More than just a streaming site, Soundcloud is a music-centric social network that helps to humanize the artist and focus on what’s important: the music.
There are a lot of articles out there telling you the best way to make Soundcloud work for your band. That’s good information, but what I noticed in my research is that there aren’t many articles that tell you what it means for you band. And here’s the thing – Soundcloud is one of the single most immersive music sharing tools out there, and if you know how to use it properly, it can help open up new doors for your band and your music industry career as a whole.
First of all, I think it’s important to determine what Soundcloud provides as opposed to its main competitors, Bandcamp and Spotify. What makes Soundcloud special is that it is, by its very nature, a very interactive platform. While Bandcamp has a solid comment system, there is something special to the real time feedback that Soundcloud offers. Furthermore, though the advertisements are increasingly frequent, the free tier of Soundcloud access is still pretty darn appealing to the common user. Soundcloud makes private streams practical and convenient to set up.
Beyond that, Soundcloud is special because all of its features allow it to create a very intimate sense of partnership with your listener. Everyone knows you need to create a personal bond with your fans, and Soundcloud does exactly that. Soundcloud is important because it provides a tiered system that opens up multiple levels of dialogue, from allowing you to tell your favorite group what you think of their latest demo, to letting some 12 year old who discovered your music on the Internet tell you how much your band sucks. You have to take the good with the bad, and then come to realize that Soundcloud isn’t really a streaming service at all – it’s more of a music-centric social network.
More than any other service available, Soundcloud emphasizes a sense of communication with artists and between artists. With that in mind, you need to be aware of this when setting up your Soundcloud page and considering how you are going to use it. If you treat your Soundcloud presense like you do your Facebook artist page – with frequent updates, lots of content, and links to your other sites – then fans have the potential to explore appreciate your work even more and dig deeper in to what you have to offer.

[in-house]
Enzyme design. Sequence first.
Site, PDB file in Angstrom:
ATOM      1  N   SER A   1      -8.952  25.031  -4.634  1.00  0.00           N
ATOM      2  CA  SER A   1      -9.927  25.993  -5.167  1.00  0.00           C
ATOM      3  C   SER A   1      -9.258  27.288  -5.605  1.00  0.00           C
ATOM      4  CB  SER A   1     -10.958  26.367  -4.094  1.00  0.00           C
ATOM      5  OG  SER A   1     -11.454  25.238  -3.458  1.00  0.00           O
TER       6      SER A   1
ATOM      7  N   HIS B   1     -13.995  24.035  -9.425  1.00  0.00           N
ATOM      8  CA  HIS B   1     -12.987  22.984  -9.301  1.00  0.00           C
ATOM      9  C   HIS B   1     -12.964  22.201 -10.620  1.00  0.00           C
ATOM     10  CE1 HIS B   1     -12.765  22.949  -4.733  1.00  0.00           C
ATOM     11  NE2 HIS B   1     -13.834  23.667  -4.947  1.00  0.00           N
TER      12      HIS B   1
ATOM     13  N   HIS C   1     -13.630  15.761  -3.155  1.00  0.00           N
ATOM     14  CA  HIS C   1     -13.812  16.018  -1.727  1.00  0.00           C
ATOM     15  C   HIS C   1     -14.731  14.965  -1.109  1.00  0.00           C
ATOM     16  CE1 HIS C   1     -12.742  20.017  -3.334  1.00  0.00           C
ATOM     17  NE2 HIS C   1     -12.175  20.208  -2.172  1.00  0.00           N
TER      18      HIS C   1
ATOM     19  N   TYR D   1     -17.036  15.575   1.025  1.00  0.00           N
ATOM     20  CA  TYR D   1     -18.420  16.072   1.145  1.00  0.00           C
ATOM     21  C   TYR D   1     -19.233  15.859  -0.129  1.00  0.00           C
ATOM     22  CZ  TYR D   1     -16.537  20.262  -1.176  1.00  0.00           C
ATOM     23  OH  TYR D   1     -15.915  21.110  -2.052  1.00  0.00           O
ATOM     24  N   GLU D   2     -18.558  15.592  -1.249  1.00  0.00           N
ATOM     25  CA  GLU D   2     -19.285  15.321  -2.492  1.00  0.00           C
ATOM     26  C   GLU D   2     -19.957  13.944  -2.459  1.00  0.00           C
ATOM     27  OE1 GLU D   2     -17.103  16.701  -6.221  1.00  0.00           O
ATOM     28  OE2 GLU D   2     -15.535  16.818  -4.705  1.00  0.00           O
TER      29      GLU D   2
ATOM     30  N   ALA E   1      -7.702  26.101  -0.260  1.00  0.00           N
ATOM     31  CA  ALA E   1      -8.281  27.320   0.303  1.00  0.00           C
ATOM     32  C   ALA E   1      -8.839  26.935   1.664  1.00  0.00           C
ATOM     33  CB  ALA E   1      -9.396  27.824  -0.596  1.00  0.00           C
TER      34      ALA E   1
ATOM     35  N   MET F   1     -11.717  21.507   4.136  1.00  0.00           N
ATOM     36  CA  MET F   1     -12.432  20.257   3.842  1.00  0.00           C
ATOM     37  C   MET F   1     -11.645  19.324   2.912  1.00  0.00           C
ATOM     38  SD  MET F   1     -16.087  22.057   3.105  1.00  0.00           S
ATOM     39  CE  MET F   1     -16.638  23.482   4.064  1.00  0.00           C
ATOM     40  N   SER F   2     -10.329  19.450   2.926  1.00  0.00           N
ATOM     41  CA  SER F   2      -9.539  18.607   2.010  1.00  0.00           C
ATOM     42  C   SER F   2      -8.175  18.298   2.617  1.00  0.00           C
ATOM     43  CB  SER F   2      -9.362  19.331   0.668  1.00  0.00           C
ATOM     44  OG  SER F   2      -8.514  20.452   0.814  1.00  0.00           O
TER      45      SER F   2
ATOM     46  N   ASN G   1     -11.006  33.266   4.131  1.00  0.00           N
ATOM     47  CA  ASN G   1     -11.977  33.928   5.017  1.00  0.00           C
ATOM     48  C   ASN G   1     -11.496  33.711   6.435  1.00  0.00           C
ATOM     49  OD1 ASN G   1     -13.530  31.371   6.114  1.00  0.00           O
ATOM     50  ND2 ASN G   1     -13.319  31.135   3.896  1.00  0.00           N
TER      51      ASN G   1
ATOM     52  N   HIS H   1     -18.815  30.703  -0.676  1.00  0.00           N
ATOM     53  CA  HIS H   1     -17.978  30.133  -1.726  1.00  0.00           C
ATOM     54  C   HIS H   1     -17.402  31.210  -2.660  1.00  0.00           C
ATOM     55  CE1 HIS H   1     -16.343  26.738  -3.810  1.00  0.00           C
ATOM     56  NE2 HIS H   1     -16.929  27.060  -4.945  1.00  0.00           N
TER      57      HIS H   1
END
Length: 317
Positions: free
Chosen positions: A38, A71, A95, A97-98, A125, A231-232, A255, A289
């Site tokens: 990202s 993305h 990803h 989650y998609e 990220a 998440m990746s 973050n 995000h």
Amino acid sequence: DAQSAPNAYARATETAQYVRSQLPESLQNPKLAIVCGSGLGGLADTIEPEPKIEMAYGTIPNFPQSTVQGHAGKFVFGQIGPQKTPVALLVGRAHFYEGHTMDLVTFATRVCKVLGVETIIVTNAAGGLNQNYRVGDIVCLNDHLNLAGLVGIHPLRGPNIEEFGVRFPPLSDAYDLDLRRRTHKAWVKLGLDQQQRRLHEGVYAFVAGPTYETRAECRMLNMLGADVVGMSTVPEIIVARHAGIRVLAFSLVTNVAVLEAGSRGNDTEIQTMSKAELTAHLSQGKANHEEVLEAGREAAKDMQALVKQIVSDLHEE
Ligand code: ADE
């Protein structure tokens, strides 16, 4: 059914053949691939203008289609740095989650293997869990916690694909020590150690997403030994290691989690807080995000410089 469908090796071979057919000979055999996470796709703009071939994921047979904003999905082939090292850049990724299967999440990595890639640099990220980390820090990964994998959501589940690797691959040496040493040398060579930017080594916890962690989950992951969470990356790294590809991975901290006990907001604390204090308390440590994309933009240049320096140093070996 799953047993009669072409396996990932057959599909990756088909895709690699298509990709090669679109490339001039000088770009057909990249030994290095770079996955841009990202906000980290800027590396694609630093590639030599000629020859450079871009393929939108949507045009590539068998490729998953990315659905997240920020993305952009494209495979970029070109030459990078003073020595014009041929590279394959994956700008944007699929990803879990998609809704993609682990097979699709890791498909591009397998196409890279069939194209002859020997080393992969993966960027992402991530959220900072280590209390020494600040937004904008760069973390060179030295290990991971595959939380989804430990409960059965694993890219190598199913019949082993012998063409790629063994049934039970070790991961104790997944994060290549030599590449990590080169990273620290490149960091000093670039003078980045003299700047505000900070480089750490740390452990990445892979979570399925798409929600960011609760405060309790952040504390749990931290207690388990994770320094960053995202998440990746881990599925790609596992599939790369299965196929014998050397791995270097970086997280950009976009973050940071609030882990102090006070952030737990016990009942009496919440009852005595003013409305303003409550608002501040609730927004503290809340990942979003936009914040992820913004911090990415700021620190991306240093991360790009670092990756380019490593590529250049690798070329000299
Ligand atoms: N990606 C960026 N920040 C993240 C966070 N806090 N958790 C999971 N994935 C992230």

While there are strategies that will allow your Soundcloud promotion and user base to grow, you should consider that Soundcloud is essentially the music world’s most dynamic social network. And in an ever changing social media landscape, Soundcloud has been gaining ground. Every new feature is only helping to further cement its place in the music industry ecosystem.
Somewhere in the last couple of years, Soundcloud has established itself as a music industry juggernaut, offering a little bit of something for everyone, and instead of raising the artists on a pedestal, Soundcloud humanizes them while sharing the music that makes them great. Beyond that, Soundcloud seems content to limit itself to its strengths, which further establishes its place in a crowded streaming market. And as a result, its influence – and market share – is only growing.
So, back to the initial question – what does Soundcloud mean for your band? Well – maybe it means there is a whole lot more to this streaming thing than most of us initially realized. It also means there’s a whole new social network out there that you should exploit. It’s fascinating, beautifully designed, and specifically set up for fans to discover obscure and exciting new acts.
There’s a lot to love about Soundcloud, and if you’re not taking advantage of it, you’re missing out on potential to reach new fans and provide valuable access to the ones you already have.
Matt Bacon is the lead columnist for Independent Music Promotions, we would love to work with you! Matt also manages heavy metal bands, works for labels, and is a prolific freelance writer. Get in touch with him at Matt@independentmusicpromotions.com.
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